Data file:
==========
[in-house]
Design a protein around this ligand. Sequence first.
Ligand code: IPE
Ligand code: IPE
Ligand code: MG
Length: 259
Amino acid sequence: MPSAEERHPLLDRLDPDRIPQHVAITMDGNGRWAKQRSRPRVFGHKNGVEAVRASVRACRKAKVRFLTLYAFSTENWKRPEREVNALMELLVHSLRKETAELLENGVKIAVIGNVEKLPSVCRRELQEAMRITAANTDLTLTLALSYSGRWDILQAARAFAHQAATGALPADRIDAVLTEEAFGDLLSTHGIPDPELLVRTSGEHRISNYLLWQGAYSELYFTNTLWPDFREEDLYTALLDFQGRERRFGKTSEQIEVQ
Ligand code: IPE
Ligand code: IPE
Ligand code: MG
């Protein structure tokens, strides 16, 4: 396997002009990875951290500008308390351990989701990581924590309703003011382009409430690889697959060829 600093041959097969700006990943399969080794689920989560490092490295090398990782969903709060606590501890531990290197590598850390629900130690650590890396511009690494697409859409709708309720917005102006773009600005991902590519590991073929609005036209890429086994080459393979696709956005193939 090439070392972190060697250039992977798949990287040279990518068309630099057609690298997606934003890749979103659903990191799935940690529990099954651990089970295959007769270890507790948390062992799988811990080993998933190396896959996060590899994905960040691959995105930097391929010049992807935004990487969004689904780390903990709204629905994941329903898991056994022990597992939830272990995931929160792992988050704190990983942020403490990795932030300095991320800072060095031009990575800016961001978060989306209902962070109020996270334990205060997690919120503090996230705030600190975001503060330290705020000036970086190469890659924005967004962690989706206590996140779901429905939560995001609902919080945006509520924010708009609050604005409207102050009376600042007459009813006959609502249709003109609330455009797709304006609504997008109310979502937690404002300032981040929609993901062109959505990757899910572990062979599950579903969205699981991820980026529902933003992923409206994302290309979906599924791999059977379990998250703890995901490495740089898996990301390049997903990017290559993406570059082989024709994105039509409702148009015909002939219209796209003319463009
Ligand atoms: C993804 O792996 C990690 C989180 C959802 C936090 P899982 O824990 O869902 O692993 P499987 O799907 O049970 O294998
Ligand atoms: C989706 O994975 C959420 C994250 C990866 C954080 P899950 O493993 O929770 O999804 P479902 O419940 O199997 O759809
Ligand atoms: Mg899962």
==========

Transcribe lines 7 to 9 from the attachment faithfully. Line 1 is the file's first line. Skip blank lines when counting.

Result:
Amino acid sequence: MPSAEERHPLLDRLDPDRIPQHVAITMDGNGRWAKQRSRPRVFGHKNGVEAVRASVRACRKAKVRFLTLYAFSTENWKRPEREVNALMELLVHSLRKETAELLENGVKIAVIGNVEKLPSVCRRELQEAMRITAANTDLTLTLALSYSGRWDILQAARAFAHQAATGALPADRIDAVLTEEAFGDLLSTHGIPDPELLVRTSGEHRISNYLLWQGAYSELYFTNTLWPDFREEDLYTALLDFQGRERRFGKTSEQIEVQ
Ligand code: IPE
Ligand code: IPE